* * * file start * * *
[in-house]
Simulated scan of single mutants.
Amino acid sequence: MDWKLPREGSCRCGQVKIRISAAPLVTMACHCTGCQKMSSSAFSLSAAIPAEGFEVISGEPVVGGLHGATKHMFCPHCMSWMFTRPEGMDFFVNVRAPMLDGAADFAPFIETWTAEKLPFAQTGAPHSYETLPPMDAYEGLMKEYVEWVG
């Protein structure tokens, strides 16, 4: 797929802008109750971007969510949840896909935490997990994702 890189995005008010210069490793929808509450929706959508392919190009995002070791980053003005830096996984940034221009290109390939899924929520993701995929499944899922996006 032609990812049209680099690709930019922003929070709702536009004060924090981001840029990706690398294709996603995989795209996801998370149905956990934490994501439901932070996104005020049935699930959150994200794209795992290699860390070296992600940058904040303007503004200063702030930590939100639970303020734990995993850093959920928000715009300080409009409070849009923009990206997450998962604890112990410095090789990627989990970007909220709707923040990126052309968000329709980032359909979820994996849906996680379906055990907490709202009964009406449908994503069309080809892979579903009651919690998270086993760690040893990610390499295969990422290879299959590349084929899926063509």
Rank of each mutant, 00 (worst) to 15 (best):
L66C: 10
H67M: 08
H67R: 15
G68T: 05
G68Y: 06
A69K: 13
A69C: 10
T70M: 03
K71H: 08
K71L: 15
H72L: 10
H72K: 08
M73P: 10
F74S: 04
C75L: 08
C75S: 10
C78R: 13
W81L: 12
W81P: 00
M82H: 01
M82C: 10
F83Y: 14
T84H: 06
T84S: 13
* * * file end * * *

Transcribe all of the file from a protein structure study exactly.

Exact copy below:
[in-house]
Simulated scan of single mutants.
Amino acid sequence: MDWKLPREGSCRCGQVKIRISAAPLVTMACHCTGCQKMSSSAFSLSAAIPAEGFEVISGEPVVGGLHGATKHMFCPHCMSWMFTRPEGMDFFVNVRAPMLDGAADFAPFIETWTAEKLPFAQTGAPHSYETLPPMDAYEGLMKEYVEWVG
């Protein structure tokens, strides 16, 4: 797929802008109750971007969510949840896909935490997990994702 890189995005008010210069490793929808509450929706959508392919190009995002070791980053003005830096996984940034221009290109390939899924929520993701995929499944899922996006 032609990812049209680099690709930019922003929070709702536009004060924090981001840029990706690398294709996603995989795209996801998370149905956990934490994501439901932070996104005020049935699930959150994200794209795992290699860390070296992600940058904040303007503004200063702030930590939100639970303020734990995993850093959920928000715009300080409009409070849009923009990206997450998962604890112990410095090789990627989990970007909220709707923040990126052309968000329709980032359909979820994996849906996680379906055990907490709202009964009406449908994503069309080809892979579903009651919690998270086993760690040893990610390499295969990422290879299959590349084929899926063509």
Rank of each mutant, 00 (worst) to 15 (best):
L66C: 10
H67M: 08
H67R: 15
G68T: 05
G68Y: 06
A69K: 13
A69C: 10
T70M: 03
K71H: 08
K71L: 15
H72L: 10
H72K: 08
M73P: 10
F74S: 04
C75L: 08
C75S: 10
C78R: 13
W81L: 12
W81P: 00
M82H: 01
M82C: 10
F83Y: 14
T84H: 06
T84S: 13